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Chapter 5

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School
University of Toronto Scarborough
Department
Psychology
Course
PSYB32H3
Professor
Konstantine Zakzanis
Semester
Fall

Description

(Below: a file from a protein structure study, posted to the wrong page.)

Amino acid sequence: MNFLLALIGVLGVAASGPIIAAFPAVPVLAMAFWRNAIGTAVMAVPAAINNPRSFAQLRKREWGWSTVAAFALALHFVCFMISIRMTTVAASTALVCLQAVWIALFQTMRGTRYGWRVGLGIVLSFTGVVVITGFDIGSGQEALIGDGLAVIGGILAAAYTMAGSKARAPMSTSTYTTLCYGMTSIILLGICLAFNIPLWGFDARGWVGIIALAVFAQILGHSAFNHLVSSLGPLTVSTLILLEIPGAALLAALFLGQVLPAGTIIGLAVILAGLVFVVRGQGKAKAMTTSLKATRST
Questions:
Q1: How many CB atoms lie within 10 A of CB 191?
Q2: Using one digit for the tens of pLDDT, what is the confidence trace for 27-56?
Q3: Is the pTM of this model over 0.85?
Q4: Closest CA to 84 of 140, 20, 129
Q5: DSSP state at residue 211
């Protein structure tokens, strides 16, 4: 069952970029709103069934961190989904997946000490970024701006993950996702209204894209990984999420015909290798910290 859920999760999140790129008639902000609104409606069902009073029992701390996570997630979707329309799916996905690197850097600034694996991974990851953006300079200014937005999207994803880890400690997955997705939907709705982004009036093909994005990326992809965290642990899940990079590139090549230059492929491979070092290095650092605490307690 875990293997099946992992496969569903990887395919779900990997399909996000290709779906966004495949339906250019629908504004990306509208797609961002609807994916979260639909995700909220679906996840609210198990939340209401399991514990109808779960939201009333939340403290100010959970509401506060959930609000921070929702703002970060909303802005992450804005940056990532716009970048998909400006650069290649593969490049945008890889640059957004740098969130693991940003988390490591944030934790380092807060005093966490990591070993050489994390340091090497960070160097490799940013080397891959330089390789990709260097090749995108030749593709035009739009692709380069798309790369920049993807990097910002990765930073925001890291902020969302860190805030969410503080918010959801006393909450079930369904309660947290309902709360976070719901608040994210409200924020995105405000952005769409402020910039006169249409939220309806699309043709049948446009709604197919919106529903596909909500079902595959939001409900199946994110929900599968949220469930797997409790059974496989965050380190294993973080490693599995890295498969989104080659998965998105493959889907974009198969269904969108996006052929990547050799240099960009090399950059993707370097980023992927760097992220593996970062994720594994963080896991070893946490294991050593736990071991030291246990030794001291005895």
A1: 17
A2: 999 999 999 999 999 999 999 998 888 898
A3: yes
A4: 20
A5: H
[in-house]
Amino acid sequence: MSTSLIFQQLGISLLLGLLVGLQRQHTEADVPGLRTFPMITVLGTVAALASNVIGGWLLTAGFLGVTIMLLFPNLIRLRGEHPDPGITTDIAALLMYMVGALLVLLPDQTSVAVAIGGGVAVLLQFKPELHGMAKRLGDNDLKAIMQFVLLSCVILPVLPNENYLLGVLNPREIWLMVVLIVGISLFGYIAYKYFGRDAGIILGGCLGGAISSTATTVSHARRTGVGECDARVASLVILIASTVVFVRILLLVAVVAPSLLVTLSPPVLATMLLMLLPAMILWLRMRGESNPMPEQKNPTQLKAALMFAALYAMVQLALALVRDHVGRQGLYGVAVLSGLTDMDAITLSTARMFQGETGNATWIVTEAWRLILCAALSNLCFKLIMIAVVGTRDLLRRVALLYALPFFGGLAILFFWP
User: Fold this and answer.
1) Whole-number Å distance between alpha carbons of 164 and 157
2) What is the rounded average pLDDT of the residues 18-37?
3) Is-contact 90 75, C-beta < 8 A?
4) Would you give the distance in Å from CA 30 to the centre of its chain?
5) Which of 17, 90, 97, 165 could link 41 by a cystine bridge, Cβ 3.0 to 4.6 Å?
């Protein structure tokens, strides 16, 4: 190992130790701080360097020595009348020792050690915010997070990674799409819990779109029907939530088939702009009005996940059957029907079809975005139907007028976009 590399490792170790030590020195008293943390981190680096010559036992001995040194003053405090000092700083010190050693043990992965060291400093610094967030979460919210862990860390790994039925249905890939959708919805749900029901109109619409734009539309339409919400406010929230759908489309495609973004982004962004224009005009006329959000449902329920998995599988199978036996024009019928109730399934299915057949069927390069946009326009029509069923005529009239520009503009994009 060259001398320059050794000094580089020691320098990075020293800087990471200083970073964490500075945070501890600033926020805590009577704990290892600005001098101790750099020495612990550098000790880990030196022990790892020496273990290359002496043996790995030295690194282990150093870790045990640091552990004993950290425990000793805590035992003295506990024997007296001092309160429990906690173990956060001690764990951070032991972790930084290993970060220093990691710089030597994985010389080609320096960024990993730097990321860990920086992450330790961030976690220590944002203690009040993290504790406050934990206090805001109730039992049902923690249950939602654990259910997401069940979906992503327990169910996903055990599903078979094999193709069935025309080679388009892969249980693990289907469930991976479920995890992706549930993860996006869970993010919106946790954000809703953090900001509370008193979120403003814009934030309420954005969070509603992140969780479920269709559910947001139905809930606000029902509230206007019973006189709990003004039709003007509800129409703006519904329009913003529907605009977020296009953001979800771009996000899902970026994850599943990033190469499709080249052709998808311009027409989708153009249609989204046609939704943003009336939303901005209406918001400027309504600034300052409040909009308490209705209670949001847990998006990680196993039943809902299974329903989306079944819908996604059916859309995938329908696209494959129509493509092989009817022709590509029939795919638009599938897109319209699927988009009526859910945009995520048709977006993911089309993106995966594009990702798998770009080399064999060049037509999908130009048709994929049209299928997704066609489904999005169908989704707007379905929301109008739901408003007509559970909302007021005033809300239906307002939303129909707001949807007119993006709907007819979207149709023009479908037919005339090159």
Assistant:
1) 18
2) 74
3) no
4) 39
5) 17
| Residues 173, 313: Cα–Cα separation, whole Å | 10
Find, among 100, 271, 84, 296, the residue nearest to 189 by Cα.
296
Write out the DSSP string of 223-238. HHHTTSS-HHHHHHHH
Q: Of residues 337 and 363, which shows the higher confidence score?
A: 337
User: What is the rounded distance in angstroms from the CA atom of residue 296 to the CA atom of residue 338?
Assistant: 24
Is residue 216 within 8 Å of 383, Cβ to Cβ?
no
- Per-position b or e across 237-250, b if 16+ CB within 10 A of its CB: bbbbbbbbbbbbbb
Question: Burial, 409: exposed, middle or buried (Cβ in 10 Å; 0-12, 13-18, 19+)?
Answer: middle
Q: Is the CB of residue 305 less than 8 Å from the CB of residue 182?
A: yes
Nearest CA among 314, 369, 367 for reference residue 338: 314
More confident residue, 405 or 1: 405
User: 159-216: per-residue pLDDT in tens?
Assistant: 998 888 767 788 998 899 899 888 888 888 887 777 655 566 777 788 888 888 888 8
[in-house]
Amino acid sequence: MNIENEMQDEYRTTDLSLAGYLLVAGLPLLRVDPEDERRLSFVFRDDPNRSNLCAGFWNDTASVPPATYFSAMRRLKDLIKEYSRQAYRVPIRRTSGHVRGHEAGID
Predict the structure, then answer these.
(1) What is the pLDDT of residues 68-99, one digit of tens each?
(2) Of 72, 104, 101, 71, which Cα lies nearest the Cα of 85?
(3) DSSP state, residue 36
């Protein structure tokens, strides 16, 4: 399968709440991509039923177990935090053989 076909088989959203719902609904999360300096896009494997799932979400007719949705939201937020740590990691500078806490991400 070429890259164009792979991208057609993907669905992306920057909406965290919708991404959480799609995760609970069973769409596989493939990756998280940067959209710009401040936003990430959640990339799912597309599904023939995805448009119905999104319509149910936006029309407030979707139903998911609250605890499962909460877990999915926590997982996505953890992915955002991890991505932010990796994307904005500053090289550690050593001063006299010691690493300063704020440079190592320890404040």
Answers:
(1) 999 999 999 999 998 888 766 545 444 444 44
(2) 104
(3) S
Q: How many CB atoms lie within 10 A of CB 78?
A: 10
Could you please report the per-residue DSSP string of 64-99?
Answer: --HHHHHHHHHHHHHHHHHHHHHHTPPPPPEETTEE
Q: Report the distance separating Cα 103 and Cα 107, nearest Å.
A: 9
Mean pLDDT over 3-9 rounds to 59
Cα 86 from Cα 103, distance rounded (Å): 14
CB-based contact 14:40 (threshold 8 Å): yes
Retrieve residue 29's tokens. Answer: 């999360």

Chapter 5: Research Methods in the Study of Abnormal Behaviour SCIENCE AND SCIENTIFIC METHODS 5 steps of the scientific method that apply to experiments: 1. Identify problem and formulate cause-and-effect relations among variables 2. Design experiment 3. Perform experiment 4. Evaluate hypothesis by examining data from the study 5. Communicate the results Ex: Suppose you want to test a classical-conditioning theory of phobias begin by developing a scientific hypothesis based on the theory if classical-conditioning theory is valid, people with phobias should be more likely than those in the general population to have had traumatic experiences with the situations they fear such as flying by collecting data on the frequency of traumatic experiences with phobic stimuli and comparing info with people without the phobias, you could determine whether your hypothesis was confirmed Theories are constructions put together by scientists. In formulating a theory, scientists must make use of theoretical concepts: unobservable states/ processes that are inferred from observable data repression and anxiety are theoretical concepts better defined by sets of operations (tension, physiological changes, and hand trembling) than by a single operation when people are taking an exam, expecting a momentary electric shock, or are arguing with a companion, they all have sweaty palms, trembling hands, and a fast heartbeat. They say they feel tense, we could also say that all the situations have made these individuals anxious and that anxiety (theoretical concept) has caused the reported tension THE RESEARCH METHODS OF ABNORMAL PSYCHOLOGY Epidemiology: study of the frequency and distribution of a disorder in a population. In research, data are gathered about the rates of a disorder and its possible correlates in a large sample or population Epidemiological research focuses on determining 3 features of a disorder: Prevalence- proportion of a population that has the disorder at a given point or period of time Incidence- # of new cases of the disorder that occur in some period, usually a year Risk factors- conditions or variables that, if present, increase the likelihood of developing the disorder (severe physical or sexual abuse as a child, history or parental mental disorder, failure to graduate from high school) Correlational method: establishes whether there is a relationship btwn or among 2 or more variables Directionality problem: doesn’t allow determination of cause-effect relationships, which is cause and which is the effect? Could be the other way around Third-variable problem: correlation may have been produced by a third, unforeseen factor Statistical significance: likelihood that the results of an investigation are d
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